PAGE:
EKS Unchained with eBPF and Bottlerocket

Seth Miles
4 min readJan 9, 2021


How to install Cilium with kube-proxy replacement in EKS with managed node groups using eksctl.


Without getting into much into detail, Cilium is a highly scalable Kubernetes CNI. It allows the linux kernel to be aware the primitives of Kubernetes via eBPF. You can find an introduction to the concepts here. Cilium offers much in terms of performance as seen from tests done by Alibaba.

In addition it offers reliability with the introduction of Maglev, a load balancing algorithm that uses consistent hashing to manage backend connections. You may have read about it in a recent Cloudflare blog post. A simple picture outlining the core differences between traditional load balancing and maglev is shown below.

Don’t forget to mention security! Cilium can detect and block network attacks, as well as avoid them.

Why Bottlerocket?

Since Cilium relies on the kernel for interaction via eBPF, we need the newest stable kernel available. Upon looking through the AMIs available for EKS optimized Amazon Linux, I noticed that the latest available kernel was 4.14.209. That won’t even support kube-proxy replacement…ouch. After further reading, it seems the holdup in moving the Amazon Linux kernel to 5.4.x is an upstream bug. So I began sorting through the available AMIs usable in managed nodegroups hoping to find a better, and hopefully not hacky, solution. After a bit I came across Bottlerocket, which stated as a core component the following.

Minimal OS that includes the Linux kernel (5.4), system software, and containerd as the container runtime.

Good kernel and internal backing from AWS, that’ll do!


So, this walkthrough requires some tools. Go ahead and install helm3, kubectl and eksctl. Take a look at my redacted eksctl template below:

apiVersion: eksctl.io/v1alpha5
kind: ClusterConfig
version: "1.18"
publicAccess: true
privateAccess: false
cidr: "VPC_CIDR"
us-east-1a: #Change to your zones
cidr: "YOUR_CIDR"
cidr: "YOUR_CIDR"
cidr: "YOUR_CIDR"
cidr: "YOUR_CIDR"
- name: bottlerocket
amiFamily: Bottlerocket
instanceType: m5.large
desiredCapacity: 2
volumeSize: 120
privateNetworking: true
iam: #Tune the policies to your liking
imageBuilder: true
autoScaler: true
appMesh: true
albIngress: true
cloudWatch: true
xRay: true

enableTypes: ["audit", "authenticator", "controllerManager", "api", "scheduler"]


Fill out a cluster config that better suits your needs. Then use eksctl to bring up a cluster without the nodegroups.

eksctl create cluster -f cluster-config.yml --without-nodegroup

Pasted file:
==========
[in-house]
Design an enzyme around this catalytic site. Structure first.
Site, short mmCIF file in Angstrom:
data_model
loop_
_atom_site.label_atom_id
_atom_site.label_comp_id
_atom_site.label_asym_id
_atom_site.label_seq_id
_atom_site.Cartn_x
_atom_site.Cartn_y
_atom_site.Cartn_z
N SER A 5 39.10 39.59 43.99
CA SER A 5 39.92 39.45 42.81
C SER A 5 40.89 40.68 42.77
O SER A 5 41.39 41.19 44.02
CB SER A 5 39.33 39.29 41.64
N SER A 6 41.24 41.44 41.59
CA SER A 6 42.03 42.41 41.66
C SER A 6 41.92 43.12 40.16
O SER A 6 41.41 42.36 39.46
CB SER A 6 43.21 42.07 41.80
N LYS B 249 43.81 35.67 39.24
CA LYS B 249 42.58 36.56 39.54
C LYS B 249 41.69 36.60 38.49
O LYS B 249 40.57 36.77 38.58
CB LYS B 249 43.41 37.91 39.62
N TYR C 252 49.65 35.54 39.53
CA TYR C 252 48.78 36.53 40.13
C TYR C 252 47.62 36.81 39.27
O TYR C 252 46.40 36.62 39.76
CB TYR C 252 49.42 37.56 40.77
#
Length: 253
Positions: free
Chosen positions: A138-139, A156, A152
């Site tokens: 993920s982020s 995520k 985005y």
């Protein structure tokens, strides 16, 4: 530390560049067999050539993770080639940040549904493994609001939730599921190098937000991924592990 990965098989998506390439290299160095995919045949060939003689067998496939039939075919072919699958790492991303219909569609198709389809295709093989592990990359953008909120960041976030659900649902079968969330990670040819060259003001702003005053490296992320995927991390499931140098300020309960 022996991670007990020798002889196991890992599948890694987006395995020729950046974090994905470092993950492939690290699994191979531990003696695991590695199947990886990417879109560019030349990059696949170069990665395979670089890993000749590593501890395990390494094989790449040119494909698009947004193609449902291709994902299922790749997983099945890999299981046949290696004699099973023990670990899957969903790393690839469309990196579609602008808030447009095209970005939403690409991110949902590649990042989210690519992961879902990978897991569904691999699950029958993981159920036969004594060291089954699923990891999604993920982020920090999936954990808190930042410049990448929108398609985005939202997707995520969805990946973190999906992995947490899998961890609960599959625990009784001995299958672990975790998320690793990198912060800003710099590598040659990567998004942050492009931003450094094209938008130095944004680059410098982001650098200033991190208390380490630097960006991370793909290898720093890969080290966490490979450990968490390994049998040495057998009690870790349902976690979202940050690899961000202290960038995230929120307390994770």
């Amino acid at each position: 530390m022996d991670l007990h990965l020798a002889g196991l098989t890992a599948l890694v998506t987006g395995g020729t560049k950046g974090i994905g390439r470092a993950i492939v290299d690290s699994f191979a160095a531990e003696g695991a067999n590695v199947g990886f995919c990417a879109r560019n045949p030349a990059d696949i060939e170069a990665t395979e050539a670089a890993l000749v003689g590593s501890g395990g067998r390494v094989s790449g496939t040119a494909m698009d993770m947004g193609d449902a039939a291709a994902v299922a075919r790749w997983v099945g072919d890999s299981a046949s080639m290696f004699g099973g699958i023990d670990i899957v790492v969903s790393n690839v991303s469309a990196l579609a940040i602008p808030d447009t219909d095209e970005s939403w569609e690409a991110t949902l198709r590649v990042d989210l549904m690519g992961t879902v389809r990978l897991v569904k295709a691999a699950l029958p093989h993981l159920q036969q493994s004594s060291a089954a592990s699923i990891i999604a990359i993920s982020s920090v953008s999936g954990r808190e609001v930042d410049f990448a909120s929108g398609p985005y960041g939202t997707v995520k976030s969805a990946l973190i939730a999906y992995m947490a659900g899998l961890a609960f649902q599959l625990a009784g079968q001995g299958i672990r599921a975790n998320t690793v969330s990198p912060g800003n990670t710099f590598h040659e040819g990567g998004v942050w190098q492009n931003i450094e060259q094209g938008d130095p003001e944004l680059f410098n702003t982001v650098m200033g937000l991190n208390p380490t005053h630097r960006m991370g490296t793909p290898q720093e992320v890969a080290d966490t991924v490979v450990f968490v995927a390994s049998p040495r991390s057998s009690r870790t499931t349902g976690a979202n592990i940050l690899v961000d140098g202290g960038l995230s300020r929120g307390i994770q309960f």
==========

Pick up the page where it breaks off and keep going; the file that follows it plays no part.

This will take some time, grab a coffee. After you return to your terminal to find this finished, go ahead and delete the aws-node daemonset and the kube-proxy daemonset. This is to prevent conflicting behavior.

kubectl delete ds -n kube-system aws-nodekubectl delete ds -n kube-system kube-proxy

After a successful deletion, grab the api server ip address. This is used when installing Cilium.

export API_SERVER_IP=$(kubectl get ep kubernetes -o jsonpath='{$.subsets[0].addresses[0].ip}')

Go ahead and echo that back to sanity check.


Use that with a cilium install.

helm install cilium cilium/cilium --version=1.9.1 --namespace kube-system --set eni=true --set ipam.mode=eni --set egressMasqueradeInterfaces=eth0 --set loadBalancer.algorithm=maglev --set hubble.enabled=true --set hubble.listenAddress=":4244" --set hubble.relay.enabled=true --set hubble.ui.enabled=true --set hubble.metrics.enabled="{dns,drop,tcp,flow,port-distribution,icmp,http}" --set kubeProxyReplacement="strict" --set k8sServiceHost=$API_SERVER_IP --set k8sServicePort=443

Thats a pretty big chunk of helm install so…

I’ll break that install down a bit.

--set eni=true --set ipam.mode=eni --set egressMasqueradeInterfaces=eth0

This informs Cilium to take over managing the IP address space via the EC2 api, as well as sets the default interface.

--set loadBalancer.algorithm=maglev

This instructs Cilium to use the maglev load balancing algorithm.

--set hubble.enabled=true --set hubble.listenAddress=":4244" --set hubble.relay.enabled=true --set hubble.ui.enabled=true --set hubble.metrics.enabled="{dns,drop,tcp,flow,port-distribution,icmp,http}"

This enables the hubble-ui and metrics collection.

--set kubeProxyReplacement="strict"

This flag enables the “full features” of Cilium based on you kernel version, and tells the cilium-agent to bail out if conditions aren’t correct for initialization.

--set k8sServiceHost=$API_SERVER_IP --set k8sServicePort=443

This tells Cilium how to communicate with the cluster api, as we deleted the proxy in an earlier step.

Alrighty then!

After a successful helm install message, go ahead and bring up the node groups.

eksctl create nodegroup -f cluster-config.yml

Watch the pods to ensure the install was successful.

kubectl get pods -A --watch